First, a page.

The Martian (Water) Chronicles
June 28, 2012 --
Scientists believe that more than 3 billion years ago, Mars' northern plains were covered by an ocean that spread across more than one-third of the planet's surface.
Now, new analysis of two Martian meteorites suggests the inside of Mars is wet as well. The rocks came from a partly melted area of Mars' mantle, located just under the crust, and crystallized just below and on the surface.
An impact blasted the rock into space and it landed on Earth some 2.5 million years ago. The research indicates Mars' mantle contained between 70 and 300 parts per million of water. That's more water than what is found in Earth’s upper mantle, which is 50 to 300 parts per million.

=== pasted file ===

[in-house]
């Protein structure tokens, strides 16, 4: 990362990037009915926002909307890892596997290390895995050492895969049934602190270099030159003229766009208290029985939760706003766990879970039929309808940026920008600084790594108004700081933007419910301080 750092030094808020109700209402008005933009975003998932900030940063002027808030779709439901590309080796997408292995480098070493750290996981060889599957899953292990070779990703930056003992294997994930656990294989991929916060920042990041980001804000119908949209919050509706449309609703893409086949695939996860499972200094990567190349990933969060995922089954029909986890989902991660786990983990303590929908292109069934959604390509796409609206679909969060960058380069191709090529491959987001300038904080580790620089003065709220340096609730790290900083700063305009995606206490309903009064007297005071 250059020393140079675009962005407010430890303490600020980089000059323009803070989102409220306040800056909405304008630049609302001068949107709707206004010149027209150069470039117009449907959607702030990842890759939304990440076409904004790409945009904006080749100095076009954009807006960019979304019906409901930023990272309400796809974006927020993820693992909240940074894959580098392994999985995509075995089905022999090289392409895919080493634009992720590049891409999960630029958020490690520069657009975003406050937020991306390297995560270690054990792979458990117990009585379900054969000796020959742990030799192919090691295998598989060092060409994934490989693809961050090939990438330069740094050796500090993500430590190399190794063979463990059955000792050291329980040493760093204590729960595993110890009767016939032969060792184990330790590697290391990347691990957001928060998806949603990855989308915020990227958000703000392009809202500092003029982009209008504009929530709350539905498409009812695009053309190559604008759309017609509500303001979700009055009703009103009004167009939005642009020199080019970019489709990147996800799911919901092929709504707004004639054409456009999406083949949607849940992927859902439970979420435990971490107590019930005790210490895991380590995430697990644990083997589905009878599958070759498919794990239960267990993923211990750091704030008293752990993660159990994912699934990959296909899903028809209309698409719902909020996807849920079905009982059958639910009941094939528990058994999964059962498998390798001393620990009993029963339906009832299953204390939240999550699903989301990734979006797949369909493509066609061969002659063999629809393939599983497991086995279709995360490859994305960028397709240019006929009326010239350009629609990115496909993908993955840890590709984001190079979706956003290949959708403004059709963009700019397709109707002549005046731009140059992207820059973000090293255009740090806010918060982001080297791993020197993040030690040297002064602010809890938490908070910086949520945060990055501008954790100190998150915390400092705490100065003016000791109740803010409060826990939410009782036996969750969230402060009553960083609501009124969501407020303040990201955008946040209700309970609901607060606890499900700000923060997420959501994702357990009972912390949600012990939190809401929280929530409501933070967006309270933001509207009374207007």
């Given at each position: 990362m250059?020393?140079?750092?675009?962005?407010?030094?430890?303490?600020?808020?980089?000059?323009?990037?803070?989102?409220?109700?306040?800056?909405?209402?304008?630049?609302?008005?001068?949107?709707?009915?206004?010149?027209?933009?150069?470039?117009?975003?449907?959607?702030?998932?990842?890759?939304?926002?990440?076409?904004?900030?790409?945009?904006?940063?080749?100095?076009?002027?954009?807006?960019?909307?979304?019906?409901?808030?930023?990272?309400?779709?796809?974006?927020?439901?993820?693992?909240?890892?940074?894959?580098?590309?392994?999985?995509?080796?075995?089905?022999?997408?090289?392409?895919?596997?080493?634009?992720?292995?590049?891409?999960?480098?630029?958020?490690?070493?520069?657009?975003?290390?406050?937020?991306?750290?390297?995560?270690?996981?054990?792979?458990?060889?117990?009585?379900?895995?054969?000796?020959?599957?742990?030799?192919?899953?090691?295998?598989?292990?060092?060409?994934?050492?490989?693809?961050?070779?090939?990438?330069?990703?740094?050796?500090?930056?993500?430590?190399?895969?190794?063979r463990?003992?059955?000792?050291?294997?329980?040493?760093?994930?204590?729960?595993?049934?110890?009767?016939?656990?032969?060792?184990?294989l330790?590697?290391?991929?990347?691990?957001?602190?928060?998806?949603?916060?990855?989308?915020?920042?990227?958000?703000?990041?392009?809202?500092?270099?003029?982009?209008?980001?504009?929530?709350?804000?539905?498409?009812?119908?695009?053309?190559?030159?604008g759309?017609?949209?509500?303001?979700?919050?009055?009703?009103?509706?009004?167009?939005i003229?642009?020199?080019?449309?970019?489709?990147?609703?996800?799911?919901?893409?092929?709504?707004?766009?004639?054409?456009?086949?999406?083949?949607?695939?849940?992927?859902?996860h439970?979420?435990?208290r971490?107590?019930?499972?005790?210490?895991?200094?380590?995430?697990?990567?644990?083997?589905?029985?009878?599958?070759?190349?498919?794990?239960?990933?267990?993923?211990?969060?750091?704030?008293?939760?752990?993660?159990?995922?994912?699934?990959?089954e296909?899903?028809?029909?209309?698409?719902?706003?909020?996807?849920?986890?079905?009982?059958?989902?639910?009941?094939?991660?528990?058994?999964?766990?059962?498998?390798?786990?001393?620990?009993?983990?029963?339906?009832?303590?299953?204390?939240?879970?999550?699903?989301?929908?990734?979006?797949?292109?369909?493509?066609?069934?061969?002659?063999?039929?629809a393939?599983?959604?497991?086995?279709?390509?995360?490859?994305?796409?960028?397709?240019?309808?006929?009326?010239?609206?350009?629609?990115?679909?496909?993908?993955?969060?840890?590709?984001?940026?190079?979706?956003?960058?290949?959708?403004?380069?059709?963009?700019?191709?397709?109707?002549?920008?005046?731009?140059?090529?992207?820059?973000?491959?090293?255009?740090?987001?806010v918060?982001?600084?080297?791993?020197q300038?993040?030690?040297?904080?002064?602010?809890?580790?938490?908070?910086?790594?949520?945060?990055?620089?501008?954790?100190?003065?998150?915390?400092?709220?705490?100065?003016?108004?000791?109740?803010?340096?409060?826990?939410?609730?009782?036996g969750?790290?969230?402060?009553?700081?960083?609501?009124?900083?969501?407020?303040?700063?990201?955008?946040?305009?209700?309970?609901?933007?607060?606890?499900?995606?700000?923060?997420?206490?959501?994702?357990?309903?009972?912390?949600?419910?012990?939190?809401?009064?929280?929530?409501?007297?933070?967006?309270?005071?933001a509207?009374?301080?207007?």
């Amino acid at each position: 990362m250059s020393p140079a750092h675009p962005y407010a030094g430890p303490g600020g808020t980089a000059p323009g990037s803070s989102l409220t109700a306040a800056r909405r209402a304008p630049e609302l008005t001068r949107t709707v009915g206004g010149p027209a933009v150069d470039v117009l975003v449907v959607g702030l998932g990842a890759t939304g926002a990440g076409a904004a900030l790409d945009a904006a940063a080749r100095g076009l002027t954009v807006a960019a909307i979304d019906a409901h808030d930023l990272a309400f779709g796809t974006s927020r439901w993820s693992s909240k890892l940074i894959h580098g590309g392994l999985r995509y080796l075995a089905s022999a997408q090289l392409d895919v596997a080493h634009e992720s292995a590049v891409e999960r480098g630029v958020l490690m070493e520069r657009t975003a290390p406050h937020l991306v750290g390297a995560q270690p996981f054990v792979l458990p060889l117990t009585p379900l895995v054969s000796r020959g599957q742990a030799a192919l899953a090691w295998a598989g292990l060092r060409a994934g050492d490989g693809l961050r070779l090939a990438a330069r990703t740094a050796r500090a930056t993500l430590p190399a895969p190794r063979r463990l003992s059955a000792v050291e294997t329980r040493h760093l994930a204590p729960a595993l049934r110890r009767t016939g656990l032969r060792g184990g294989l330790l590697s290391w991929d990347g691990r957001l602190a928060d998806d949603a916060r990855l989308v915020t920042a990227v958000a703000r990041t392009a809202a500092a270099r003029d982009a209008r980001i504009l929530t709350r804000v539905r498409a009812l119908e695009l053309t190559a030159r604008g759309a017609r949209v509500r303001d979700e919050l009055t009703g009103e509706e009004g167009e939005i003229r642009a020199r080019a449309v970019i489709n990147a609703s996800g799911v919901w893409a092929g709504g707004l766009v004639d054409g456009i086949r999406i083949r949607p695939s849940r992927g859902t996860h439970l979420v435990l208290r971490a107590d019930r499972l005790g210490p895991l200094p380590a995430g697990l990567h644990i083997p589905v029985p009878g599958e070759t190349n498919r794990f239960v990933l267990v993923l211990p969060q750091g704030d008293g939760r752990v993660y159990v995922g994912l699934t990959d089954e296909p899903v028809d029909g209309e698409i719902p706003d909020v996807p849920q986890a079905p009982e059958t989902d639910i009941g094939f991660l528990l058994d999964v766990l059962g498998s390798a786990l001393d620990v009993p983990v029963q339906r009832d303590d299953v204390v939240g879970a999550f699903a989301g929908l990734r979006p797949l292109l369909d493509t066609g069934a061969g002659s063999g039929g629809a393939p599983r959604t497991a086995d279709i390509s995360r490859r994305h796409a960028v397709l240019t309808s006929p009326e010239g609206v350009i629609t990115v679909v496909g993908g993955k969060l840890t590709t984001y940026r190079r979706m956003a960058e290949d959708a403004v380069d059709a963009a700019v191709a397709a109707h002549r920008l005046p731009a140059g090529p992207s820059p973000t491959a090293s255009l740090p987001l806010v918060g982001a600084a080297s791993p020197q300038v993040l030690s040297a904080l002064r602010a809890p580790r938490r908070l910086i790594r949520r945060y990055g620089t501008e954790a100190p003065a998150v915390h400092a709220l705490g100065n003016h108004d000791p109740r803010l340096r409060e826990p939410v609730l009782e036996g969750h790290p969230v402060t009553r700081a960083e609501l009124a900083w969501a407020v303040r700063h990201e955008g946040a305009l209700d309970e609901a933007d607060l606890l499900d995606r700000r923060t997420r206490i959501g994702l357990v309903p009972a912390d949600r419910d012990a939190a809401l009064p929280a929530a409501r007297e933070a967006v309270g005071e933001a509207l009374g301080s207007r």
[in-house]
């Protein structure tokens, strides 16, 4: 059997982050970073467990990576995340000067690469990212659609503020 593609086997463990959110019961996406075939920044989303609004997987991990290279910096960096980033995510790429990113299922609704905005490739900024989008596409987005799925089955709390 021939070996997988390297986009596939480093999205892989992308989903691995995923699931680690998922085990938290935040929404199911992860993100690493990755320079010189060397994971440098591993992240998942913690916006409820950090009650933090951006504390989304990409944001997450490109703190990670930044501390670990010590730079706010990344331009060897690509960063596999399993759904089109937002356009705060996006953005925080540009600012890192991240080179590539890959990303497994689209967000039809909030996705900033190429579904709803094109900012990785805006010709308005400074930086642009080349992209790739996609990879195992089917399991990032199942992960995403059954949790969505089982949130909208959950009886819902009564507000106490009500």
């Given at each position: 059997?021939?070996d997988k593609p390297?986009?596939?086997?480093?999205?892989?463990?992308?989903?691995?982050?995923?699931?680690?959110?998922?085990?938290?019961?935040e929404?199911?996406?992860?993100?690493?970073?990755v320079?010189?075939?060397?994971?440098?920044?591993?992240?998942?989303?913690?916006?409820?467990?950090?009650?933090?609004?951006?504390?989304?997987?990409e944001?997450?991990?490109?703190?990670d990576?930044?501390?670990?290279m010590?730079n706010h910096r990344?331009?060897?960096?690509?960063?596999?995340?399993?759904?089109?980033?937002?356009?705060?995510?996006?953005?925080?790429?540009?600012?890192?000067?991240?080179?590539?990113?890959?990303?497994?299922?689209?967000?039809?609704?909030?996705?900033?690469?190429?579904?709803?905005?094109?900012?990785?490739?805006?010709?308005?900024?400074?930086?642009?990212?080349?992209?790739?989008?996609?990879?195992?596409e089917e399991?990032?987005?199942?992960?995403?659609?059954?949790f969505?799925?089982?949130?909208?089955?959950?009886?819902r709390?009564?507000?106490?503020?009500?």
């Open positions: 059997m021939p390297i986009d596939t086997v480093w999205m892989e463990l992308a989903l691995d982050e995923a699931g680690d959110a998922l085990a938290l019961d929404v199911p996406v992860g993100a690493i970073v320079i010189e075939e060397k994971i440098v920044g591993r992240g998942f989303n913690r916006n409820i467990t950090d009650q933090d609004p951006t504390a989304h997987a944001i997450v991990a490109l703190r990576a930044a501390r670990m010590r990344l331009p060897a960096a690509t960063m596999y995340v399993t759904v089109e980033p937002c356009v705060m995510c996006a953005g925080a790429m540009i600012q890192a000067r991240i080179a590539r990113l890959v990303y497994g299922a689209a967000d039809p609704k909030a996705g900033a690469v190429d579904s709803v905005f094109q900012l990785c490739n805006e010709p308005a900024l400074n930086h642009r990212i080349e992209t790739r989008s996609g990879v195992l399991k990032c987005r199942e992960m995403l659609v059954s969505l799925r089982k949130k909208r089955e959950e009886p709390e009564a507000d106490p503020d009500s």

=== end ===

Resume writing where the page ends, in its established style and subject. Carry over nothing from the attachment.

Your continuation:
Scientists guess that volcanic eruptions may have been the primary mechanism for getting water to the surface.
This artist's rendering, based on elevation data from an instrument on NASA’s now-defunct Mars Global Surveyor spacecraft, shows a Martian coastline as it may have looked 3.5 billion years ago.